Immunohistochemical studies performed on the pancreas FNA specimen were negative for LCA expression but were diffusely positive for myogenin and myoD1 (Fig. 6-8). The diagnosis in this case was first made on the forearm biopsy which showed similar morphologic and immunohistochemical features to that seen in the pancreatic FNA, with abundant small round blue cells containing PAS-positive cytoplasmic vacuoles (Fig. 9-10). The patient in this case was diagnosed with stage IV alveolar rhabdomyosarcoma with pancreatic and bone marrow metastasis. Molecular studies performed on paraffin-embedded tissue confirmed the presence of a PAX3-FOXO1A fusion transcript within the tumor cell population. The patient was treated non-surgically with combination chemotherapy. Unfortunately, the patient developed intracranial recurrence in the form of carcinomatous meningitis and was converted to comfort measures only.
Alveolar rhabdomyosarcoma is a rare tumor which typically presents as a rapidly growing extremity or axial mass. Adolescents and young adults are most often affected, though the tumor can occur across all age groups. The most common sites of alveolar rhabdomyosarcoma metastasis includes the lungs, liver and bones.  Pancreatic metastasis of alveolar rhabdomyosarcoma is extremely rare, with only a few cases reported. Alveolar rhabdomyosarcoma is considered to be a high grade tumor that carries a poorer prognosis than most other rhabdomyosarcomas.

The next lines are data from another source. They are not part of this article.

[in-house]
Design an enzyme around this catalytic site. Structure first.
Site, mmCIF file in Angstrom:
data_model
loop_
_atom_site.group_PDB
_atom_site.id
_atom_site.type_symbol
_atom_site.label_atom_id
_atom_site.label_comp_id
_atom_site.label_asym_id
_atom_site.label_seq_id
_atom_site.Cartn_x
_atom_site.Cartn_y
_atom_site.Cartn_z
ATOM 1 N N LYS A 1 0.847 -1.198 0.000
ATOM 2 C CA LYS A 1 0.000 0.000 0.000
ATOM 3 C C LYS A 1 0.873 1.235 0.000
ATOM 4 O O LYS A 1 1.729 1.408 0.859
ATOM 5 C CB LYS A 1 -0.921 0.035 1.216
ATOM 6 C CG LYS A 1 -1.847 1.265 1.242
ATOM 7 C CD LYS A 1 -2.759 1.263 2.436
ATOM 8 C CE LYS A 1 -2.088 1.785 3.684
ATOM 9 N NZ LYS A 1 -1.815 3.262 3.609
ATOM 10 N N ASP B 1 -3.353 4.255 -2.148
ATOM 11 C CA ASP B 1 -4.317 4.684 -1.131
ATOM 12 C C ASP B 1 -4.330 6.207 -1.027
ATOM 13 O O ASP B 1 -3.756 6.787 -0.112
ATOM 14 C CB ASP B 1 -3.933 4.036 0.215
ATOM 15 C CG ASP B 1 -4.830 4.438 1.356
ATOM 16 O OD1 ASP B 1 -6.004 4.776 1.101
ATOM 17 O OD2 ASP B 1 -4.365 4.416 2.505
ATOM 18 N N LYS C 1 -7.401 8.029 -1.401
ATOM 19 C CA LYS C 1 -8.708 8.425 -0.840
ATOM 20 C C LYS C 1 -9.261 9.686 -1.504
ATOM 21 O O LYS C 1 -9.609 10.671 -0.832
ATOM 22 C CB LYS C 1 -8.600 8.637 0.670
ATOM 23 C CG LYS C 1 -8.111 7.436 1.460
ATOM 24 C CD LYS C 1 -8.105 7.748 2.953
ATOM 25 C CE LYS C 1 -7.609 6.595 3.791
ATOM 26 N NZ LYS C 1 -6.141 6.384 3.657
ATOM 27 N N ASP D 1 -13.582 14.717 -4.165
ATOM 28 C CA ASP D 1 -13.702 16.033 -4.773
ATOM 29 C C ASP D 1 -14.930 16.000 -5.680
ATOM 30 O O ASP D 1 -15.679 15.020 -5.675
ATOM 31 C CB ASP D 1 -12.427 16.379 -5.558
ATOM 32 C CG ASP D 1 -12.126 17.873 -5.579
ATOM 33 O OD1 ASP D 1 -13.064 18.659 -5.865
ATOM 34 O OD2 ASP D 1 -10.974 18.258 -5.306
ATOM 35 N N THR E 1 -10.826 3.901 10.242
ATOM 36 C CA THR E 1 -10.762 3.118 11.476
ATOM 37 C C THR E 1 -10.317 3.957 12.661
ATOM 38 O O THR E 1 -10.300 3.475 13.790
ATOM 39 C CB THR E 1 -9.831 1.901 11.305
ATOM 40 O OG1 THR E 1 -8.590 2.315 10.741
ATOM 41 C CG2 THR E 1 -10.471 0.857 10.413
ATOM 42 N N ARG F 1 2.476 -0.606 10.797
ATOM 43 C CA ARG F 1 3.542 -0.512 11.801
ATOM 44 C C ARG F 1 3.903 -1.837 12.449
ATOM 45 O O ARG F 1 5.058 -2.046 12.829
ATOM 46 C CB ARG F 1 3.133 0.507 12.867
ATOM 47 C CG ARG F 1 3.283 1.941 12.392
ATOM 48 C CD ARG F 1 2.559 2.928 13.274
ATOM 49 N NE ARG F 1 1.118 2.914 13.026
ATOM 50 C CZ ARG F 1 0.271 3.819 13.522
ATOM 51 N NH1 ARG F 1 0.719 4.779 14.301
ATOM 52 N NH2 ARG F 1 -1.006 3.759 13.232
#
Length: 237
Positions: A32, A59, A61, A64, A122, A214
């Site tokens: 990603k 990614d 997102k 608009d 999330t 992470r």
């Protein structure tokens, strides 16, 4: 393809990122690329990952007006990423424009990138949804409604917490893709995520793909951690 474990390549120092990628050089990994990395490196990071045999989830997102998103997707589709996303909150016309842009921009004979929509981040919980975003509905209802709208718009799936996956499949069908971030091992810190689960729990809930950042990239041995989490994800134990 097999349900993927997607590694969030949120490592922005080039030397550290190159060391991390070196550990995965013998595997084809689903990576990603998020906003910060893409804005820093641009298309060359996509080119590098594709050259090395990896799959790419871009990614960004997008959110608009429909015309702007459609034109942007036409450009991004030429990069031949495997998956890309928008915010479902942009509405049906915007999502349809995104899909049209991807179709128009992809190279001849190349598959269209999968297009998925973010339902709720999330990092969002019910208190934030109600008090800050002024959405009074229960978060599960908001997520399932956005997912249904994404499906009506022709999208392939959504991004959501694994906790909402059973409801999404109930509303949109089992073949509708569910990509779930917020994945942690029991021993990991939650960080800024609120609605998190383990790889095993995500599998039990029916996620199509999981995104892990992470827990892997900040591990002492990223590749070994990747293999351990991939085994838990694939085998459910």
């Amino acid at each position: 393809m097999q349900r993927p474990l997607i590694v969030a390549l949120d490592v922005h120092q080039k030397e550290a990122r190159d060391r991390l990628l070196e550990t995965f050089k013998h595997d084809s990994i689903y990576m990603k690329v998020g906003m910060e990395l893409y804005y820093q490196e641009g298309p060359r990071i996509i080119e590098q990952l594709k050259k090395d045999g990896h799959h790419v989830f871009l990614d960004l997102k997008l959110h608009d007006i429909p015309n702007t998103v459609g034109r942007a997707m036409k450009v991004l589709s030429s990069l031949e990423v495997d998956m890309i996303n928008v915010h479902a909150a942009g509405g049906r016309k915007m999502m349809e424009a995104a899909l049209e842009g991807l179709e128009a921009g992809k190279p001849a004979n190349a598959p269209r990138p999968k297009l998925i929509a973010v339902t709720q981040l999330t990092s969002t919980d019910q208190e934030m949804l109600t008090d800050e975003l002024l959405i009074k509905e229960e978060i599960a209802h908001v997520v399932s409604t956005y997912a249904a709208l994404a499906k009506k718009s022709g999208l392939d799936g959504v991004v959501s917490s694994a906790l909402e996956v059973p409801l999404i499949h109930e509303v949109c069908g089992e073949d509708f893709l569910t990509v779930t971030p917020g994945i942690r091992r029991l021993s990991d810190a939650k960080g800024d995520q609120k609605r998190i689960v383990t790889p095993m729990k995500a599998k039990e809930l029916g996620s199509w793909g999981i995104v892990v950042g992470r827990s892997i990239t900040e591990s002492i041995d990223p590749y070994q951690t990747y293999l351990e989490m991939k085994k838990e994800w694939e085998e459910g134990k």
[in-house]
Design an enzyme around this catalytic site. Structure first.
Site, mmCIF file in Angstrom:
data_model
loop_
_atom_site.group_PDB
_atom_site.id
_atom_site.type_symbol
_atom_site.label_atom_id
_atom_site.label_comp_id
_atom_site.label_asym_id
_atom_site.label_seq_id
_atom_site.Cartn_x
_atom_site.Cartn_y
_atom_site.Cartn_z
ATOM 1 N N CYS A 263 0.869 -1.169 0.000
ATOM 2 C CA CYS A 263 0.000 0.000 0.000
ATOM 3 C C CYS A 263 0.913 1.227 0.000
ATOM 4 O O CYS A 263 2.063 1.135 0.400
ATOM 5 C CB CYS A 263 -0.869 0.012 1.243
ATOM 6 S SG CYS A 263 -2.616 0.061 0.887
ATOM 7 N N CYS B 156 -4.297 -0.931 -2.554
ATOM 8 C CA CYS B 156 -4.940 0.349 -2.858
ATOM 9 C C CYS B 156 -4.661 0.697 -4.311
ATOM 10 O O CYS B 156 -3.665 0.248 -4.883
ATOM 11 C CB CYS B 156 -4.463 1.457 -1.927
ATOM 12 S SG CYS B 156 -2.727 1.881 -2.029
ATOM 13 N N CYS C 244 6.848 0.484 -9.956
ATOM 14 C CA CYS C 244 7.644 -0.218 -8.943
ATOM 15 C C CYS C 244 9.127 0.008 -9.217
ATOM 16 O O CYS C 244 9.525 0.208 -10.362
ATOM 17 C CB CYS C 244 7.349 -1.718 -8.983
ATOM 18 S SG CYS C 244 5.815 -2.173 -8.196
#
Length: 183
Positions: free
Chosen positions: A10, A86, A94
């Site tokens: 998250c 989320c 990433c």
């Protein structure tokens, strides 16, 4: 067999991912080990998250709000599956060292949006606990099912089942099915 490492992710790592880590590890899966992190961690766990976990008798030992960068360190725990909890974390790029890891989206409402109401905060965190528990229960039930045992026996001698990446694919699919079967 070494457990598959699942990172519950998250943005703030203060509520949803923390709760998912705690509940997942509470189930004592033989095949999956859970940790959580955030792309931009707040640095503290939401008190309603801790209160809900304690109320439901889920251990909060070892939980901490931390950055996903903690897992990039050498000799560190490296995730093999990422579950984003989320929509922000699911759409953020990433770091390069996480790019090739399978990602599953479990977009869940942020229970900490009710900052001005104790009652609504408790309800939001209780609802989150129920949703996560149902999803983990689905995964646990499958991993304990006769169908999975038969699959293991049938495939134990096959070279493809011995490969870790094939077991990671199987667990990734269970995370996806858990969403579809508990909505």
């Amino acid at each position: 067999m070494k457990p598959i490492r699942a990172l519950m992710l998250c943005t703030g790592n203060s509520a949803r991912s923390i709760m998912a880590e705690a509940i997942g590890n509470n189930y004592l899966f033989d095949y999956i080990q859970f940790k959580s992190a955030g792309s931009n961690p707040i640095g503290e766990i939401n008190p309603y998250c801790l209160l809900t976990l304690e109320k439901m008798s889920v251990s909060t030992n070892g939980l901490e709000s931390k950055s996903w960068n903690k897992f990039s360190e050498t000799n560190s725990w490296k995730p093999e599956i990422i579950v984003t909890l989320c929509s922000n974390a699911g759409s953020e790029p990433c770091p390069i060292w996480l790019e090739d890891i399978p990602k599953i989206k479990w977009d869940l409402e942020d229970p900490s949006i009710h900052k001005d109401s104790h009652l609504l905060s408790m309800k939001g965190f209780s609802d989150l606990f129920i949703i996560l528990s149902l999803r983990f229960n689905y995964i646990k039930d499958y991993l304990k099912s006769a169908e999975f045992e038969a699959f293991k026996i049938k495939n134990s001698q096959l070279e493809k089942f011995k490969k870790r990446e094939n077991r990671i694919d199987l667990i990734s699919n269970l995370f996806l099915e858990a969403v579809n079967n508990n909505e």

Histologically, alveolar rhabdomyosarcoma is composed of a monotonous population of primitive cells. In typical lesions, the neoplastic cells are separated into nests by fibrovascular septations. The periphery of the nests is classically discohesive with a “picket fence” pattern. A solid variant can also occur, which may only exhibit classic “alveolar” pattern focally. Multi-nucleated wreath-like cells may be present. Myogenin and myoD1 are consistently expressed in alveolar rhabdomyosarcoma due to the rhabdomyoblastic origin of the tumor. In contrast to embryonal rhabdomyosarcoma, the nuclear myogenin and myoD1 expression seen in alveolar rhabdomyosarcoma is usually strong and diffuse. Tumors may also express keratins and neuroendocrine markers, which may constitute a diagnostic pitfall if interpreted in isolation.
Alveolar rhabdomyosarcoma is known to harbor recurrent translocations, with the largest subset harboring t(2;13)(q35;q14) and a smaller subset harboring t(1;13)(p36;q14). These translocations result in both PAX3-FOXO1 and PAX7-FOXO1 fusion products, respectively, which act as transcriptional activators. The presence of either translocation is considered specific for alveolar rhabdomyosarcoma, though fusion-negative cases can occur in up to 30% of cases.